For everyone who’s spent afternoons wrestling slobber-laden Frisbees from a Golden Retriever, tried to get an Airedale to chase a flying object or gone through a closetful of unrecognizably mangled plastic discs, it’s time to salute an American icon. This year, Frisbee—the pastime of dogs and the sport of college students everywhere—celebrates 50 years. Well, actually, people have been throwing disc-shaped objects around for millennia, back to the ancient Greeks. But it took a man, a company and the American sense of commercialism to bring a flying disc to the masses.
Plenty of urban myths address the origins of the Frisbee. You hear about Yale students tossing pie tins made by the Frisbie Baking Co. around campus in the early part of last century. But, when it gets down to it, it was a man named Walter Frederick Morrison (Fred to those in the Frisbee world) who realized that the large popcorn-tin lid that he was throwing back and forth at a Thanksgiving Day family picnic back in 1937 could be something special.
Special enough to begin manufacturing “Flyin’ Cake Pans” that he and his wife, Lucile Eleanor Nay, offered for 25 cents on Santa Monica Beach. And when those cake pans started selling, Morrison and his wife took it a step further and produced the first plastic disc in the ’40s, which they took to county fairs to demonstrate the fun of flight. And people ate it up. “We started demonstrating our plastic discs at the county fairs, and we just killed them; everyone wanted one and we couldn’t make them fast enough,” says the now 87-year-old Morrison.
Capitalizing on the popular culture’s fascination with UFOs, he decided to reinvent his crowd-pleasing disc. “There were flying saucers being reported everywhere at that time, and we just took advantage of what the media was reporting,” said Morrison, who latched on to the craze, molded his flying disc in the shape of a UFO and named it the “Pluto Platter.” In 1955, it was something on which kids would spend their full week’s allowance of 75 cents at the local five-and-dime.
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And then, Wham-O. Literally. Along came the Wham-O company, which invited Morrison to its plant to discuss joining forces. Morrison agreed, and Wham-O began manufacturing the flying disc on January 23, 1957. It turned out, however, that in the marketplace, people were calling the flying object the Frisbee (influenced by those pie tins made by the Frisbie Baking Company); just a few months later, Wham-O renamed and trademarked its product the Frisbee.
As popular as Frisbee quickly became and has been over the years, the product (Morrison finds it aggravating to hear the Frisbee called a toy; “Do you call a baseball a toy?” he asks) may not have caught on in the way it has with dog lovers without the antics of Alex Stein and his Whippet, Ashley.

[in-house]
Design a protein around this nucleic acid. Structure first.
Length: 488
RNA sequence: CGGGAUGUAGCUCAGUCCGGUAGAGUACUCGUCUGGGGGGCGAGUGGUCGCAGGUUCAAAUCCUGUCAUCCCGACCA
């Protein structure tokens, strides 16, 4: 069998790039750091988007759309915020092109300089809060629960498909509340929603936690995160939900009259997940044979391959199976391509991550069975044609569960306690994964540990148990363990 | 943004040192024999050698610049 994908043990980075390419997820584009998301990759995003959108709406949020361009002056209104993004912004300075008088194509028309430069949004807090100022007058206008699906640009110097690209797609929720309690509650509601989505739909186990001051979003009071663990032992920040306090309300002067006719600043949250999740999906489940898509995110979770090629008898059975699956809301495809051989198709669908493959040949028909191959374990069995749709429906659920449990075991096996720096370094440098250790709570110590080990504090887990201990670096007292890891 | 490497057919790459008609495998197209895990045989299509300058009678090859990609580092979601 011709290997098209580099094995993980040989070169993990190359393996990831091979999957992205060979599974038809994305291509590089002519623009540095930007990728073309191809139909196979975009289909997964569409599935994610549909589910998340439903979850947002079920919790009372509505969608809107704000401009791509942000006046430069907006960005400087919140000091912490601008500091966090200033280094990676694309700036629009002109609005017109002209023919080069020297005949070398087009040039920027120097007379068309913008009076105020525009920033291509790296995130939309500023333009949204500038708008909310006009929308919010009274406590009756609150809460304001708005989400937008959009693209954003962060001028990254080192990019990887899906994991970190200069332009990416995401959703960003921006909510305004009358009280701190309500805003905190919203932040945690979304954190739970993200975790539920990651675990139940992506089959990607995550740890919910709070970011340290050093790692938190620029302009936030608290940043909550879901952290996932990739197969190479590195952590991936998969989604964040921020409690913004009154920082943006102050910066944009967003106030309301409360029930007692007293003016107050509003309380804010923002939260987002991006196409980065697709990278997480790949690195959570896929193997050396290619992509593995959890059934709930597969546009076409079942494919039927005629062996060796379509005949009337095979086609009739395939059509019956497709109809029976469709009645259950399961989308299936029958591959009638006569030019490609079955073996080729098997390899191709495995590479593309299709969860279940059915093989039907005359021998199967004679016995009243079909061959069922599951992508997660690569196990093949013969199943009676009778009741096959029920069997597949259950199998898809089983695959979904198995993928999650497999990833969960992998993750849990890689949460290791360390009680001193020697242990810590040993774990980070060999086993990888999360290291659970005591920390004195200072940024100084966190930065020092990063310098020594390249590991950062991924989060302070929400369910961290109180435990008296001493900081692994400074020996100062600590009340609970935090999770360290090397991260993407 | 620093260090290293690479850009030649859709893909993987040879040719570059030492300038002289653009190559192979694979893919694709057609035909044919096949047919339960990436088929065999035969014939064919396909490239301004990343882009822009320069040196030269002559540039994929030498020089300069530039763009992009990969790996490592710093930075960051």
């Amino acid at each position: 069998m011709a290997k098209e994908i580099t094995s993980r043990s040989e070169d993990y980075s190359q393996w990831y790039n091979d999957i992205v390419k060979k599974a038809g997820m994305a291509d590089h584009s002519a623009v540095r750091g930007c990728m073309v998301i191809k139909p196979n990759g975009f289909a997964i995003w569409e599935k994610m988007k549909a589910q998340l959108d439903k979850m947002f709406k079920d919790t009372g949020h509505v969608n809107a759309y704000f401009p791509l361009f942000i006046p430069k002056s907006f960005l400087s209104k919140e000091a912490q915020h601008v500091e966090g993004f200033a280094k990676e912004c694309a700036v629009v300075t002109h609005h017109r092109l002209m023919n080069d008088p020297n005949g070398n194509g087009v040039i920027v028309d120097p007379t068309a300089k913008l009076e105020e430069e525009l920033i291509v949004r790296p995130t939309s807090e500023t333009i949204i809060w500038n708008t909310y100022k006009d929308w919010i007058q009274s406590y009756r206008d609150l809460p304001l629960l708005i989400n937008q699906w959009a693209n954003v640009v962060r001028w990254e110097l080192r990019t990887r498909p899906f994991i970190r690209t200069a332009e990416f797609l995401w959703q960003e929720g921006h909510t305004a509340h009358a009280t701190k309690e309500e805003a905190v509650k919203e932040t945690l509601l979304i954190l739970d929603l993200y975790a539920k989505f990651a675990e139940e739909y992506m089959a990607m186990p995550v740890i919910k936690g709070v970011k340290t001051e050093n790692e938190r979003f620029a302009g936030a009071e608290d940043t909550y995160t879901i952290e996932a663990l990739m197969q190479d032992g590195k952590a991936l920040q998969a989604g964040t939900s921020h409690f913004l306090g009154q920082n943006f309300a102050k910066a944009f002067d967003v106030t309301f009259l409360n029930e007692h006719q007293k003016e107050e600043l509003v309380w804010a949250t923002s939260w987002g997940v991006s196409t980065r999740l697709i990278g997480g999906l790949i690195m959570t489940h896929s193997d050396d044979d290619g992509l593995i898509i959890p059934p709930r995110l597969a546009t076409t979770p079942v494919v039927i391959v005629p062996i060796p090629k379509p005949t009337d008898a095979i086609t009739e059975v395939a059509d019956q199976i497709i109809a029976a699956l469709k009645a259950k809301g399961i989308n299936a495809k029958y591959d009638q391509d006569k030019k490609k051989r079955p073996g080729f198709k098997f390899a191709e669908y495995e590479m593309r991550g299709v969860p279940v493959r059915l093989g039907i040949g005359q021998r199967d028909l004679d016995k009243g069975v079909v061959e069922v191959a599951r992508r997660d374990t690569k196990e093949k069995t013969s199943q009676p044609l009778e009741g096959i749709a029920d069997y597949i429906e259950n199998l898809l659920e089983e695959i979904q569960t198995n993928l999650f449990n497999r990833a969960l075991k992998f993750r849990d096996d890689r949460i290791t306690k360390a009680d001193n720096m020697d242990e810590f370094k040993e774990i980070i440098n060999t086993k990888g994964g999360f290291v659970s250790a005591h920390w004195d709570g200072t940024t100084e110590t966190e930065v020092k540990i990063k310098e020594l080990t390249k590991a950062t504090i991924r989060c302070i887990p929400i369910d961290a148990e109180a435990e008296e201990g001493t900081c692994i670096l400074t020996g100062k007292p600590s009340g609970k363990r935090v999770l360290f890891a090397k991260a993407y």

It was August 1974 and the Dodgers were playing the Reds at Dodger Stadium. At the bottom of the eighth inning, 19-year-old Alex grabbed his dog—and his moment. He hopped the field fence and took center stage in front of the packed stands (and TV cameras, which were broadcasting the game to the nation). It just took a few Frisbee throws at speeds of 35 mph, with Ashley leaping nine feet into the air to catch the disc, before the ball game was stopped and Joe Garagiola, the stadium announcer, began calling the Frisbee-throwing action.
The police soon escorted Alex off the field, but not before the crowd cheered its approval. Alex would soon be invited to perform with Ashley at national events (they performed at the pre-game show of Super Bowl XI) and Ashley Whippet became famous (he even performed for Amy Carter at the White House). Alex went on to help organize the annual Frisbee Dog World Championship, which Ashley won the first three years.
When it comes to dogs and flying discs, Fred Morrison likes to promote the phrase “dogs jump for joy as Frisbees reach the completion of their flight.” Fred’s dog was a German Shepherd, and, when asked about his dog-playing days, he recalled: “We’d throw our discs, and he’d catch ’em and try and throw ’em back. And every time he’d flip his head, the Frisbee would get caught up on his fang. He was never a successful Frisbee flipper.”
In the 50 years since he invented the Frisbee, Morrison has kept busy. He wrote a book recently, Flat Flip Flies Straight! True Origins of the Frisbee, with co-writer Phil Kennedy (who, by the way, has a collection of some 1,200 flying discs). But, he says, at 87, “my flipping days are just about over.” You’d think he might be a bit of a local celeb in the town in central Utah where he now lives, but he says he’s not. “They think I’m a multimillionaire, which I’m not. Though the Frisbees provided me with a comfortable life.” Reminiscing over the history of his Pluto Platter, he says, “What’s evolved is just amazing. I just sit back in wonderment.”
Happy 50th birthday, Frisbee! And congratulations, Fred.